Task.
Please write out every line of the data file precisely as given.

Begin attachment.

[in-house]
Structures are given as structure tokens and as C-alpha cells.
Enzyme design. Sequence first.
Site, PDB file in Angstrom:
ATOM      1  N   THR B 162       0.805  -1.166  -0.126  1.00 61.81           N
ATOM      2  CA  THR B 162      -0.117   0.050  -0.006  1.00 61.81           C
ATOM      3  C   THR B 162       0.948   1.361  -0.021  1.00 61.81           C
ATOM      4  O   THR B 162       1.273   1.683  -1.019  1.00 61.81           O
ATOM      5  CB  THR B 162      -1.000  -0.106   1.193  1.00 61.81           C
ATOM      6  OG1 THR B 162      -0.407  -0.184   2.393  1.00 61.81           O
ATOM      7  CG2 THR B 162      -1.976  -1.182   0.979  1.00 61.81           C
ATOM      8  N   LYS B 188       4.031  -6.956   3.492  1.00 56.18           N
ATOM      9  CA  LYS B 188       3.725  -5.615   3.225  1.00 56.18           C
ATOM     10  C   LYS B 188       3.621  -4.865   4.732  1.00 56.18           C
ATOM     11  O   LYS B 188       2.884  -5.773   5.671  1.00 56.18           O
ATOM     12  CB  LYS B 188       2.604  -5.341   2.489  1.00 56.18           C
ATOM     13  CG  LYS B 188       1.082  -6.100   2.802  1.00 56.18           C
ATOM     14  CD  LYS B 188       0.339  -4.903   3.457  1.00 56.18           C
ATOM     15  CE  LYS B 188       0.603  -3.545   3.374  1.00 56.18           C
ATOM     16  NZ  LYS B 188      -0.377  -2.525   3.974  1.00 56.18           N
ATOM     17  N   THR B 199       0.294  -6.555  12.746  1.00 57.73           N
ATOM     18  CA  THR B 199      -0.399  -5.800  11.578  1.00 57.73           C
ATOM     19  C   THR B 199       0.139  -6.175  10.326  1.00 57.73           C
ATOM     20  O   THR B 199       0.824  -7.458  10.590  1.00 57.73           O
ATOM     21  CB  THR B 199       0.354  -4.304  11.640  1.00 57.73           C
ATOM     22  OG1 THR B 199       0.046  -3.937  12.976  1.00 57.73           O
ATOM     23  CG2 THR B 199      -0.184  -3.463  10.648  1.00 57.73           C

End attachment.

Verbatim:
[in-house]
Structures are given as structure tokens and as C-alpha cells.
Enzyme design. Sequence first.
Site, PDB file in Angstrom:
ATOM      1  N   THR B 162       0.805  -1.166  -0.126  1.00 61.81           N
ATOM      2  CA  THR B 162      -0.117   0.050  -0.006  1.00 61.81           C
ATOM      3  C   THR B 162       0.948   1.361  -0.021  1.00 61.81           C
ATOM      4  O   THR B 162       1.273   1.683  -1.019  1.00 61.81           O
ATOM      5  CB  THR B 162      -1.000  -0.106   1.193  1.00 61.81           C
ATOM      6  OG1 THR B 162      -0.407  -0.184   2.393  1.00 61.81           O
ATOM      7  CG2 THR B 162      -1.976  -1.182   0.979  1.00 61.81           C
ATOM      8  N   LYS B 188       4.031  -6.956   3.492  1.00 56.18           N
ATOM      9  CA  LYS B 188       3.725  -5.615   3.225  1.00 56.18           C
ATOM     10  C   LYS B 188       3.621  -4.865   4.732  1.00 56.18           C
ATOM     11  O   LYS B 188       2.884  -5.773   5.671  1.00 56.18           O
ATOM     12  CB  LYS B 188       2.604  -5.341   2.489  1.00 56.18           C
ATOM     13  CG  LYS B 188       1.082  -6.100   2.802  1.00 56.18           C
ATOM     14  CD  LYS B 188       0.339  -4.903   3.457  1.00 56.18           C
ATOM     15  CE  LYS B 188       0.603  -3.545   3.374  1.00 56.18           C
ATOM     16  NZ  LYS B 188      -0.377  -2.525   3.974  1.00 56.18           N
ATOM     17  N   THR B 199       0.294  -6.555  12.746  1.00 57.73           N
ATOM     18  CA  THR B 199      -0.399  -5.800  11.578  1.00 57.73           C
ATOM     19  C   THR B 199       0.139  -6.175  10.326  1.00 57.73           C
ATOM     20  O   THR B 199       0.824  -7.458  10.590  1.00 57.73           O
ATOM     21  CB  THR B 199       0.354  -4.304  11.640  1.00 57.73           C
ATOM     22  OG1 THR B 199       0.046  -3.937  12.976  1.00 57.73           O
ATOM     23  CG2 THR B 199      -0.184  -3.463  10.648  1.00 57.73           C